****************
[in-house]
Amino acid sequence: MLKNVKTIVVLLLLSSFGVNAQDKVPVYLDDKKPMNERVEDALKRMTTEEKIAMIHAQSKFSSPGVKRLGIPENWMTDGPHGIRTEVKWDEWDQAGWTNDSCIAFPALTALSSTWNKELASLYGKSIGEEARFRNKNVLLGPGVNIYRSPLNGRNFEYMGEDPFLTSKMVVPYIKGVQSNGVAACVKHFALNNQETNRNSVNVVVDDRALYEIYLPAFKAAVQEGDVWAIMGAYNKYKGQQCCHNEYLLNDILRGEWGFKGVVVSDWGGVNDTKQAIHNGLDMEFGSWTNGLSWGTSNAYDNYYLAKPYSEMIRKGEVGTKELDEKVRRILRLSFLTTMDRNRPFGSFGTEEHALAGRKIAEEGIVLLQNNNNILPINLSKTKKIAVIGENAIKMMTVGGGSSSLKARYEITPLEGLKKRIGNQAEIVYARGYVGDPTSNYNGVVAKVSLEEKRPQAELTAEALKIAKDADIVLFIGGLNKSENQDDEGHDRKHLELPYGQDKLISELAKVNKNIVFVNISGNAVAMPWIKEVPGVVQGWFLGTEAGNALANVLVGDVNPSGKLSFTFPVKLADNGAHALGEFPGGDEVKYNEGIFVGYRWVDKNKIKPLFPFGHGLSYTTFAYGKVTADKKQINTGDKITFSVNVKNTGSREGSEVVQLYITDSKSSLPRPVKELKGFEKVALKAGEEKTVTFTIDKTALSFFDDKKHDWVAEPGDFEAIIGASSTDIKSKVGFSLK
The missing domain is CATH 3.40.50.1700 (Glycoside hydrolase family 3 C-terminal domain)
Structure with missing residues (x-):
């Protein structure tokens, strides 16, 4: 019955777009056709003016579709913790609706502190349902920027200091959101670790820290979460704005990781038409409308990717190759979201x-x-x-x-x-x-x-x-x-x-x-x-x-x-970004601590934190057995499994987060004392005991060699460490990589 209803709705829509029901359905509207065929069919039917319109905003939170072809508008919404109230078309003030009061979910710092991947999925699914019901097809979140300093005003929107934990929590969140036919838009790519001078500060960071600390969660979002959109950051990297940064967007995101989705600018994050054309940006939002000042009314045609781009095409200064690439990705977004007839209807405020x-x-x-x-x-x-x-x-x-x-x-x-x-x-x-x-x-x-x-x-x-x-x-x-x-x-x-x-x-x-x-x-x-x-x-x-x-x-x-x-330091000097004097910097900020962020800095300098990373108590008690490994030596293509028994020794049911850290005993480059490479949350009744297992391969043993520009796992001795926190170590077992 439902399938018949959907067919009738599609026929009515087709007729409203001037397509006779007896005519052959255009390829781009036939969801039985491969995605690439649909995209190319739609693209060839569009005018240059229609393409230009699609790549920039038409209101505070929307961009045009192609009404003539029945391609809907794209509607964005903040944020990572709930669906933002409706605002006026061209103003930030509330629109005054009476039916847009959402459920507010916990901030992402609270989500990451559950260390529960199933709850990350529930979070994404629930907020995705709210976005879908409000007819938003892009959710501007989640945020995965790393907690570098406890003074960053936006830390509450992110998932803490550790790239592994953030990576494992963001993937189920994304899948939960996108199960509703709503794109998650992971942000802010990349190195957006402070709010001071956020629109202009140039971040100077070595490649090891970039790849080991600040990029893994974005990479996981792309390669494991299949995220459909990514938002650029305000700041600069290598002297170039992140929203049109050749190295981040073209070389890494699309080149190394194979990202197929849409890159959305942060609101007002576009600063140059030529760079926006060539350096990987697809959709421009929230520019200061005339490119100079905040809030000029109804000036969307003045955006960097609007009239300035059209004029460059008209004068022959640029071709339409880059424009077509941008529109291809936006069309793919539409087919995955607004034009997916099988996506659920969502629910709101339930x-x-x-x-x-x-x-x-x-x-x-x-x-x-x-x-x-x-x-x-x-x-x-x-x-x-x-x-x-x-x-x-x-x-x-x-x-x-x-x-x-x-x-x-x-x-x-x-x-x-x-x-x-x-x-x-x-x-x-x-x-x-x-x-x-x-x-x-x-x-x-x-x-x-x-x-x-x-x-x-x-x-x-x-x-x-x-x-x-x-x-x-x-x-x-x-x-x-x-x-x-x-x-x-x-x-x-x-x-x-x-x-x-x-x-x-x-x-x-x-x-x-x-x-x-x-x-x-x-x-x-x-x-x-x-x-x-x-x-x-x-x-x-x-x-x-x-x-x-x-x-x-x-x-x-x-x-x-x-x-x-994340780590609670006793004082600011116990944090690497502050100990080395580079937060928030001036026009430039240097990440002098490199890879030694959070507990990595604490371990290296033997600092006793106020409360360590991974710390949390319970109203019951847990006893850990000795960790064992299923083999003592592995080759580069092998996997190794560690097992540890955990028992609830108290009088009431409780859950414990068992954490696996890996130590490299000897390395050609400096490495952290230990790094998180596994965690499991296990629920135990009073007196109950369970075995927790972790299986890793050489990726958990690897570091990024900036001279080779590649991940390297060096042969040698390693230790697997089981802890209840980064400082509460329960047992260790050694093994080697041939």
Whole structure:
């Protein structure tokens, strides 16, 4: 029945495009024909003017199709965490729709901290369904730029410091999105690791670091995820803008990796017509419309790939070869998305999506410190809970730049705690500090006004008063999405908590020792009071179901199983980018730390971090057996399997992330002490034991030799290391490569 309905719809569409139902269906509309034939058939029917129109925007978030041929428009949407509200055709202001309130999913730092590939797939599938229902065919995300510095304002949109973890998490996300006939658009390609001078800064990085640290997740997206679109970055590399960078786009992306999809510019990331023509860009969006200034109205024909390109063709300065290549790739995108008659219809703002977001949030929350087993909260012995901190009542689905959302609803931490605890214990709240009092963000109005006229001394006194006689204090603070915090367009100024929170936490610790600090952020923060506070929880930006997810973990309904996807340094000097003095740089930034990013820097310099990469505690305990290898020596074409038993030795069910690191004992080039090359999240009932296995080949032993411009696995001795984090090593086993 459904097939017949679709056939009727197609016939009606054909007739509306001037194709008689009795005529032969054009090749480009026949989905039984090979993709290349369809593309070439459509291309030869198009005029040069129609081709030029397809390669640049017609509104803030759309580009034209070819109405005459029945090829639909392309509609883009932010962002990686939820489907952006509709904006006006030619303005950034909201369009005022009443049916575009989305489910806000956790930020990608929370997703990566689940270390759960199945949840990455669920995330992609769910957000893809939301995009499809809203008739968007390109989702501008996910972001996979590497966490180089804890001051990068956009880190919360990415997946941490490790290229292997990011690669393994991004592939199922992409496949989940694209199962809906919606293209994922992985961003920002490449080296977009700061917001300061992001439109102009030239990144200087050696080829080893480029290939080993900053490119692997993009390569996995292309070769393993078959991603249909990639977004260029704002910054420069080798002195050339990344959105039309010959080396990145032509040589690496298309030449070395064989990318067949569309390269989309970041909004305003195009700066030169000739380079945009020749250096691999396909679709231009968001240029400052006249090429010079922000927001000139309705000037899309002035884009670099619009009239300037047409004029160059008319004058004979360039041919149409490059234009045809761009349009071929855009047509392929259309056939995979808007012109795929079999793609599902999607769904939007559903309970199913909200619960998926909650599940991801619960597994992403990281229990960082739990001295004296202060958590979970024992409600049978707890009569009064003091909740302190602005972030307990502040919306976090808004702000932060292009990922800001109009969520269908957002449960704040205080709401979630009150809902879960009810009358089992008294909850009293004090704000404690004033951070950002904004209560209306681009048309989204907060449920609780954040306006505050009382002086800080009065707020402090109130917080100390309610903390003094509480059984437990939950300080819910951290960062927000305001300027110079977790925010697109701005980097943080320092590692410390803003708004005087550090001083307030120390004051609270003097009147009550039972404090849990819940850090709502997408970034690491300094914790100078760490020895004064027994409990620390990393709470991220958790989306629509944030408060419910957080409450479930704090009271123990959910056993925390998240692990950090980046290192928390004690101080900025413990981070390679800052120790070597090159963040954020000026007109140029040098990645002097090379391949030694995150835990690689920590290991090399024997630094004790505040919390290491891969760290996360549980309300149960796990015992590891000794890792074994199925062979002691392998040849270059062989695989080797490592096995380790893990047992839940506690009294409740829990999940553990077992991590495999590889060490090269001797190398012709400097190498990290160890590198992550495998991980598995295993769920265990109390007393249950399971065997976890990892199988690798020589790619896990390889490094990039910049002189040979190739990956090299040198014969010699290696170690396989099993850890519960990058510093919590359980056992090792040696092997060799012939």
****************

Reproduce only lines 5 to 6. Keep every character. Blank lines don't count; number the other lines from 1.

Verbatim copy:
């Protein structure tokens, strides 16, 4: 019955777009056709003016579709913790609706502190349902920027200091959101670790820290979460704005990781038409409308990717190759979201x-x-x-x-x-x-x-x-x-x-x-x-x-x-970004601590934190057995499994987060004392005991060699460490990589 209803709705829509029901359905509207065929069919039917319109905003939170072809508008919404109230078309003030009061979910710092991947999925699914019901097809979140300093005003929107934990929590969140036919838009790519001078500060960071600390969660979002959109950051990297940064967007995101989705600018994050054309940006939002000042009314045609781009095409200064690439990705977004007839209807405020x-x-x-x-x-x-x-x-x-x-x-x-x-x-x-x-x-x-x-x-x-x-x-x-x-x-x-x-x-x-x-x-x-x-x-x-x-x-x-x-330091000097004097910097900020962020800095300098990373108590008690490994030596293509028994020794049911850290005993480059490479949350009744297992391969043993520009796992001795926190170590077992 439902399938018949959907067919009738599609026929009515087709007729409203001037397509006779007896005519052959255009390829781009036939969801039985491969995605690439649909995209190319739609693209060839569009005018240059229609393409230009699609790549920039038409209101505070929307961009045009192609009404003539029945391609809907794209509607964005903040944020990572709930669906933002409706605002006026061209103003930030509330629109005054009476039916847009959402459920507010916990901030992402609270989500990451559950260390529960199933709850990350529930979070994404629930907020995705709210976005879908409000007819938003892009959710501007989640945020995965790393907690570098406890003074960053936006830390509450992110998932803490550790790239592994953030990576494992963001993937189920994304899948939960996108199960509703709503794109998650992971942000802010990349190195957006402070709010001071956020629109202009140039971040100077070595490649090891970039790849080991600040990029893994974005990479996981792309390669494991299949995220459909990514938002650029305000700041600069290598002297170039992140929203049109050749190295981040073209070389890494699309080149190394194979990202197929849409890159959305942060609101007002576009600063140059030529760079926006060539350096990987697809959709421009929230520019200061005339490119100079905040809030000029109804000036969307003045955006960097609007009239300035059209004029460059008209004068022959640029071709339409880059424009077509941008529109291809936006069309793919539409087919995955607004034009997916099988996506659920969502629910709101339930x-x-x-x-x-x-x-x-x-x-x-x-x-x-x-x-x-x-x-x-x-x-x-x-x-x-x-x-x-x-x-x-x-x-x-x-x-x-x-x-x-x-x-x-x-x-x-x-x-x-x-x-x-x-x-x-x-x-x-x-x-x-x-x-x-x-x-x-x-x-x-x-x-x-x-x-x-x-x-x-x-x-x-x-x-x-x-x-x-x-x-x-x-x-x-x-x-x-x-x-x-x-x-x-x-x-x-x-x-x-x-x-x-x-x-x-x-x-x-x-x-x-x-x-x-x-x-x-x-x-x-x-x-x-x-x-x-x-x-x-x-x-x-x-x-x-x-x-x-x-x-x-x-x-x-x-x-x-x-x-x-994340780590609670006793004082600011116990944090690497502050100990080395580079937060928030001036026009430039240097990440002098490199890879030694959070507990990595604490371990290296033997600092006793106020409360360590991974710390949390319970109203019951847990006893850990000795960790064992299923083999003592592995080759580069092998996997190794560690097992540890955990028992609830108290009088009431409780859950414990068992954490696996890996130590490299000897390395050609400096490495952290230990790094998180596994965690499991296990629920135990009073007196109950369970075995927790972790299986890793050489990726958990690897570091990024900036001279080779590649991940390297060096042969040698390693230790697997089981802890209840980064400082509460329960047992260790050694093994080697041939």
Whole structure: